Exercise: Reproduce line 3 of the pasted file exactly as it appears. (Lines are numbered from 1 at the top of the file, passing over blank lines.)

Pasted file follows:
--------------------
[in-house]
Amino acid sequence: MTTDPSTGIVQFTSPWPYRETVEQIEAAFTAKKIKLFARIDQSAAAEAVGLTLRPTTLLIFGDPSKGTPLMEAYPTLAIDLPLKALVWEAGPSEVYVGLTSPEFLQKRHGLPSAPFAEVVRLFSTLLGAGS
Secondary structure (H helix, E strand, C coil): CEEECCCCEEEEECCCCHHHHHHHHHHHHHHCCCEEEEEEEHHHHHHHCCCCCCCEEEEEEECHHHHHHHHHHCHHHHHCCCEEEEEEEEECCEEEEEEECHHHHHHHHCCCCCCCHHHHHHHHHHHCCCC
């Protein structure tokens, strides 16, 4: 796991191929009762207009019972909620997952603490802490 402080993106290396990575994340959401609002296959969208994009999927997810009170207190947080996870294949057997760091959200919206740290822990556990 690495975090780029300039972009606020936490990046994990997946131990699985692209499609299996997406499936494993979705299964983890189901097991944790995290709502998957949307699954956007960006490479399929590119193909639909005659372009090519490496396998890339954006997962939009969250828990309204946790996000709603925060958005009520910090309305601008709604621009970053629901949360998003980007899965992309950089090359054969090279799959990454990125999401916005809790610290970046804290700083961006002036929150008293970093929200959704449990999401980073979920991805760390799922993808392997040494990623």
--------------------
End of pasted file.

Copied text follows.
Secondary structure (H helix, E strand, C coil): CEEECCCCEEEEECCCCHHHHHHHHHHHHHHCCCEEEEEEEHHHHHHHCCCCCCCEEEEEEECHHHHHHHHHHCHHHHHCCCEEEEEEEEECCEEEEEEECHHHHHHHHCCCCCCCHHHHHHHHHHHCCCC